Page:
Tuesday, July 17, 2012

Ruth, Predecessor of Greatness

Have you ever really considered Ruth? The Ruth from the Bible, I mean.

I have no idea of her age, but she is the widow of a foreign man, left in a household of women. When we study her she is a paragon of virtue. Her words, though spoken to her mother-in-law, are used in weddings everywhere:

"Intreat me not to leave thee, or to return from following thee: for whither thou goest, I will go; and where thou lodgest, I will lodge; thy people shall be my people, and thy God my God. 

                                                                Ruth 1:16, KJV (because it sounds pretty)

I thought of Ruth during this truly epic move, and felt a little blasphemous - because my first reaction upon reading the book of Ruth during this season of my life was...."Wow, Moab must have sucked!"

Now, before you pull out your pitchforks and bonfire materials, bear with me for a moment.

Ruth jumped (willingly!) into an unknown situation, following her mother-in-law to a land where she was the foreigner, and where she became responsible for said mother-in-law's well being.

I am completely spazzing right now!

What was she thinking?

But, then I look at the end of Ruth. She has a son named Obed. And Obed fathers Jesse, who is the father of David.

Was Ruth always meant to follow Naomi back to Israel to be David's grandmother, and ultimately part of the lineage of Jesus?

The plans of God are far beyond my comprehension. I do not know how they are fashioned, if we change them with our choices......shrugs.....I don't know!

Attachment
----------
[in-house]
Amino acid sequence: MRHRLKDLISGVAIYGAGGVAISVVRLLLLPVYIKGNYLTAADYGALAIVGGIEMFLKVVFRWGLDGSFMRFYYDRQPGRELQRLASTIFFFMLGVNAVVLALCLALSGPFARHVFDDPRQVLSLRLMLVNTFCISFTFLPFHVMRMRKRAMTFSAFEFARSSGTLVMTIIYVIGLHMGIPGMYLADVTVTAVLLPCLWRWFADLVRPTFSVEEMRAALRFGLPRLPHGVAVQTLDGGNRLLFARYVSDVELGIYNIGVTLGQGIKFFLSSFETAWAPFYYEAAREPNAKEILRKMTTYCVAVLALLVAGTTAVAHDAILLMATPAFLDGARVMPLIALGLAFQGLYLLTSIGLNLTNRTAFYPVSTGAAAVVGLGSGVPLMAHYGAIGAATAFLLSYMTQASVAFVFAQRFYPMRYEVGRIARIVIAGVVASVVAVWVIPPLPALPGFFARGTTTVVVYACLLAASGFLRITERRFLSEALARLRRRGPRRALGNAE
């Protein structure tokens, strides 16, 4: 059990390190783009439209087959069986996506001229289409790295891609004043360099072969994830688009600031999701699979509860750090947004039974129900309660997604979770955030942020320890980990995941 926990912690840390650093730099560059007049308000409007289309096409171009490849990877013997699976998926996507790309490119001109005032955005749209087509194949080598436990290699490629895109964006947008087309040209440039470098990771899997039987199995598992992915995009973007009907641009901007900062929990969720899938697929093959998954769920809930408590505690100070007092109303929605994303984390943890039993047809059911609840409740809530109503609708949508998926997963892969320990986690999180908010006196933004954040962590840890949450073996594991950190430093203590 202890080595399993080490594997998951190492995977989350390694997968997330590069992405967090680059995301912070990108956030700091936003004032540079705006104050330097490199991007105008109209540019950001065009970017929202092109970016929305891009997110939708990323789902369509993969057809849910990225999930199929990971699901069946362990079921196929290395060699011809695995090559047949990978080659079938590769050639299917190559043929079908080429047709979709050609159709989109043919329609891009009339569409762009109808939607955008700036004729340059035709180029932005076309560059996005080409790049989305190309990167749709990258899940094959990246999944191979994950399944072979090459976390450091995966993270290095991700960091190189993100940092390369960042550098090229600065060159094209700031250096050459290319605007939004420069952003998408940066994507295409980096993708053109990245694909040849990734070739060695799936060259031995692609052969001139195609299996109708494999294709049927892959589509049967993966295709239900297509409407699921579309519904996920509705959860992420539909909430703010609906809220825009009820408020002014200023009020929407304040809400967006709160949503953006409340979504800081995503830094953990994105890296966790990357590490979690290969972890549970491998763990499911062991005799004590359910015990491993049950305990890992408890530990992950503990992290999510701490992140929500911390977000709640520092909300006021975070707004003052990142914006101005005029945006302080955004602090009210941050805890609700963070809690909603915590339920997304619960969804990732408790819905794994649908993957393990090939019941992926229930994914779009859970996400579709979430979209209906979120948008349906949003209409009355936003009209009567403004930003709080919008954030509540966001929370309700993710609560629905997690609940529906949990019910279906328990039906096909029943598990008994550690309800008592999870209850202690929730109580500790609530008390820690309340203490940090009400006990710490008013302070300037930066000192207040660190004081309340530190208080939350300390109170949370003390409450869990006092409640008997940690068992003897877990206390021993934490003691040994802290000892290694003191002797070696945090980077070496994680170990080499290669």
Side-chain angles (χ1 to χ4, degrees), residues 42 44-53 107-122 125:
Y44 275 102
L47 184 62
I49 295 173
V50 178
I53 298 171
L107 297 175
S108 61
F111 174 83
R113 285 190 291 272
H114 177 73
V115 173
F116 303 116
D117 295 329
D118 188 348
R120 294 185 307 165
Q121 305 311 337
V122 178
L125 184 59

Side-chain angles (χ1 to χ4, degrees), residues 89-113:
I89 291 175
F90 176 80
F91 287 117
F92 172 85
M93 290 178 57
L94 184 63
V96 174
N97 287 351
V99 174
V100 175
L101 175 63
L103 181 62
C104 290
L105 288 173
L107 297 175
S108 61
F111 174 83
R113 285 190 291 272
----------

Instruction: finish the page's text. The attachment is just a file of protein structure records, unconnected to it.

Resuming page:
Don't tell my children I said that, by the way.

But, I did see an interesting quote the other day from Walter Ciszek that said the following: "Each of us has no need to wonder what God's will must be for us; his will for us is clearly revealed in every situation every day. The temptation is to overlook these things as God's will. The temptation is to look beyond these things...to seek to discover instead some other and nobler "will of God" in the abstract that better fits our notion of what his will should be."

That, my friends, is SCARY.  Because if every day in my life - if every circumstance - is part of the will of God... 

Then, "the answer lies in understanding that it is these things - and these things alone, here and now, at this moment - that truly constitutes the will of God. The challenge lies in learning to accept this truth and act upon it, every moment of every day." 

We tend, as Christians, to say that the good is from God and the challenges always evil. But, Ruth's challenge fulfilled God's purpose. It was not an outcome she could have foreseen - being the grandmother of one of Israel's greatest kings, a man after God's own heart. Instead, she walked, taking each day - each circumstance - as the will of God. 

For me, this idea has many scary and hurtful pitfalls. 

It means that we have experienced the will of God when:

we've struggled financially.

we've lost our children.

we've lost our job.

we've moved half way across the country.

we've left our homeland and family and friends.

I don't know that I'm ready to accept that idea. And maybe there is a fine line between accepting your circumstances as God's will and thinking that they are his fault.
   

4 comments:

  1. Thanks for sharing. :) I have to send you a link post-bedtime when I have a chance to hunt it down.
    <3

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    1. Okay, so I went to dig out the link that I had in mind earlier, and what I remembered of it turned out to be more of a mingling of 2 different blog entries that I had read the same day, lol. :P (Don't Change the World and Anything, Anywhere) What I took away from them collectively may have been somewhat of a minor point, so the connection here might be a stretch. Either way, you might like her blog.